Case study: OAIC v Facebook

Person browsing and interacting with a social media platform on their mobile phone.

Proceedings against social media giant Facebook demonstrate that the jurisdiction of the Office of the Australian Information Commissioner (OAIC) extends even to companies located predominantly outside of Australia.

Current state of play

On 9 March 2020, the OAIC commenced proceedings against Facebook Inc and Facebook Ireland (together, Facebook) in the Australian Federal Court, alleging "serious or repeated interferences with the privacy of an individual" in contravention of section 13G of the Privacy Act 1988 (Cth).

The OAIC's proceedings relate to the Cambridge Analytica data breach scandal and Facebook's disclosure of the personal information of over 300,000 Australian Facebook users to British firm Cambridge Analytica.

Since 2020, Facebook has challenged the OAIC's jurisdiction and the service of documents on Facebook Inc. In 2022, Facebook was granted special leave to appeal to the High Court of Australia to determine whether the OAIC has jurisdiction to serve Facebook Inc legal documents in the United States of America.

On 7 March 2023 the High Court's decision granting Facebook special leave to appeal was revoked by the Full Court of the High Court of Australia following legislative changes to the Federal Court Rules 2011 (FCR) regarding overseas service requirements (Division 10.4) on the basis grounds of appeal were "no longer of public importance1".

Key takeaways

  • As Facebook has been unable to set aside the service of the OAIC's application on Facebook Inc, the proceedings will return to the Federal Court to determine the substantive issues against Facebook Inc and Facebook Ireland.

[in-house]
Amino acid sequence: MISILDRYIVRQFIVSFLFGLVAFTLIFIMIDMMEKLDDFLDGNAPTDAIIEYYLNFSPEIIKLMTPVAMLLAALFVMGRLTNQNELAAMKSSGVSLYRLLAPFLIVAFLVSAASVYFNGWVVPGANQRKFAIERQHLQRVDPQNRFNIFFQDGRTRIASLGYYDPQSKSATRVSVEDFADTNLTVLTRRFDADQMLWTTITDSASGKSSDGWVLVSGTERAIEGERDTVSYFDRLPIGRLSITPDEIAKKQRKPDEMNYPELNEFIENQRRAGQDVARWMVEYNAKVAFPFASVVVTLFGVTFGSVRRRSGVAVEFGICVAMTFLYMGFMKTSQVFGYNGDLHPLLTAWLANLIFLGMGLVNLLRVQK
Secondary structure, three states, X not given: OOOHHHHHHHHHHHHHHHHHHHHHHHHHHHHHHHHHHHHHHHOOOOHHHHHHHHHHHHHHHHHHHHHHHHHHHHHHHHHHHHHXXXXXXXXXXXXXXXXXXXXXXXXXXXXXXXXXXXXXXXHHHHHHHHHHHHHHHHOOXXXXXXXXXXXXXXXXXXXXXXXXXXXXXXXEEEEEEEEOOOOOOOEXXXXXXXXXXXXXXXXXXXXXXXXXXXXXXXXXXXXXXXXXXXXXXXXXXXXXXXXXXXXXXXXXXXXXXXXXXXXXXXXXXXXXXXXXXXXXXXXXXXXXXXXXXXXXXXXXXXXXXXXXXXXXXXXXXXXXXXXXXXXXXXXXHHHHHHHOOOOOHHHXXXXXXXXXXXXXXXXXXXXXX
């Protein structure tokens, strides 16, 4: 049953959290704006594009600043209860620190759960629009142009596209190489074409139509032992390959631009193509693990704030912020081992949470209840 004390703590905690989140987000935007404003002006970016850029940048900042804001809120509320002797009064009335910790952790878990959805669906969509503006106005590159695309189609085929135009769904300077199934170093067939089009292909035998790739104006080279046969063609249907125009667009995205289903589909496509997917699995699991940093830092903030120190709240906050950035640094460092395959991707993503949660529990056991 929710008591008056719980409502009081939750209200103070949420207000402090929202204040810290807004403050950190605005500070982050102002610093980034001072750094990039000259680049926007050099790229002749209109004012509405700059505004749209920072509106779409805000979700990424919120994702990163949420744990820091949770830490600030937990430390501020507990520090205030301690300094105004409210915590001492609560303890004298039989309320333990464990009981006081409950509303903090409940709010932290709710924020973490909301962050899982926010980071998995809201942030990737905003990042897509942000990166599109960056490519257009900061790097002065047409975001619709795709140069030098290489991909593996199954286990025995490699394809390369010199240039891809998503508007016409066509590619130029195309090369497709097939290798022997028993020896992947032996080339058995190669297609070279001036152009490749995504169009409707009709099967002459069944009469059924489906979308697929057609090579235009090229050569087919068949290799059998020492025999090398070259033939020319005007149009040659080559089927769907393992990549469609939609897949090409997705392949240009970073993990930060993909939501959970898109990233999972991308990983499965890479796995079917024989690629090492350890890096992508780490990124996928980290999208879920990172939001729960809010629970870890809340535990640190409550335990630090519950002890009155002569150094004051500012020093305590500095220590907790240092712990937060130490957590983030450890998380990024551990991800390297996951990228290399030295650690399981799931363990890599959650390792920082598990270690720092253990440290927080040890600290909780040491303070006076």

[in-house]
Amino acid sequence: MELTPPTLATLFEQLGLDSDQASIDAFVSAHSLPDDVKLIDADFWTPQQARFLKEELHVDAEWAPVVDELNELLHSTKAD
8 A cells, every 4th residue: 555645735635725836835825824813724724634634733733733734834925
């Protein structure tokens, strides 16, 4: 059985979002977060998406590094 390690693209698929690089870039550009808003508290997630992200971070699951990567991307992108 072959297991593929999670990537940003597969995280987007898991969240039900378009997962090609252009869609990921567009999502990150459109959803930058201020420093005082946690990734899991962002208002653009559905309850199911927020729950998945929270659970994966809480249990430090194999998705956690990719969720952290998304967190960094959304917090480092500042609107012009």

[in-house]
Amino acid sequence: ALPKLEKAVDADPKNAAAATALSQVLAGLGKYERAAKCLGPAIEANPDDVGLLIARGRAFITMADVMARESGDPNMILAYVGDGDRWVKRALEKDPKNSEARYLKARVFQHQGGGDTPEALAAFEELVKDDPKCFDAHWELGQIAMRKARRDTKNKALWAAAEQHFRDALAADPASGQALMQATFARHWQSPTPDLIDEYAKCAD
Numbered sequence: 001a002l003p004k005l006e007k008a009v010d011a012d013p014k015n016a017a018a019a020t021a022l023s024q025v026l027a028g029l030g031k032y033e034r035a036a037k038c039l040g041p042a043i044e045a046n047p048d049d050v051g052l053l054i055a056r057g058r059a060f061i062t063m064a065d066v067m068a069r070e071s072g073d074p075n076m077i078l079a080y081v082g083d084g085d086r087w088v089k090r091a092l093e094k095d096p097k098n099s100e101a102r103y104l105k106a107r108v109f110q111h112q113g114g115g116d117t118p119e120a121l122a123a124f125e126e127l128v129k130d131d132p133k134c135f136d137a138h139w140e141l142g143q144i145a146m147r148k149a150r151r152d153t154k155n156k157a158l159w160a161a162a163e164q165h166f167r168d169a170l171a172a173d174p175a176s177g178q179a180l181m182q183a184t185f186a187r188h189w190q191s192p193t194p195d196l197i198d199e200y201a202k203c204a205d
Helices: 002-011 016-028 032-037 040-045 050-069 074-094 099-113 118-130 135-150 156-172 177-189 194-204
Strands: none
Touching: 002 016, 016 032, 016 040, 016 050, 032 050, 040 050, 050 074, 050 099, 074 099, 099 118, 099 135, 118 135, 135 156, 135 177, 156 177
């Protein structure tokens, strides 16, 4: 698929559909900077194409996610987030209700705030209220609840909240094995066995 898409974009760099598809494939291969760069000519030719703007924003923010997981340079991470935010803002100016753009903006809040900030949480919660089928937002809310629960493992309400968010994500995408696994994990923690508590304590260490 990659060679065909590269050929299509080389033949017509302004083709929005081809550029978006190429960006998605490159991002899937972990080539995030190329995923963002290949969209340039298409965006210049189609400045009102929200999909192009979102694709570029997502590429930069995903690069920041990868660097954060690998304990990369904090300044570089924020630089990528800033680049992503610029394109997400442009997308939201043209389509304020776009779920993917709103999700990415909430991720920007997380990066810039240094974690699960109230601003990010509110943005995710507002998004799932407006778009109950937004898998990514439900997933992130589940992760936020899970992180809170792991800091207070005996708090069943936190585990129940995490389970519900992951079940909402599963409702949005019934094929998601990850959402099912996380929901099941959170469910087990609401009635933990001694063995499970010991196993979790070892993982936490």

• Following the FCR amendments, the requirements for serving documents in Federal Court proceedings on companies outside the Australian jurisdiction have become less onerous. For example, leave is no longer required for service where direct jurisdiction can be established (rule 10.42). This basis for jurisdiction over subject matter can be provided for by rule 10.42(j). Leave can also be requested from the Court (rule 10.43).
  • Ultimately, companies should be aware that even where they are predominantly located outside of Australia, the OAIC may nevertheless be able to commence proceedings in the Federal Court by relying on the amended rules regarding overseas service.

Return to Privacy: Mid-year review 2023

1 Facebook Inc v Australian Information Commissioner & Anor [2023] HCATrans 22 (7 March 2023)

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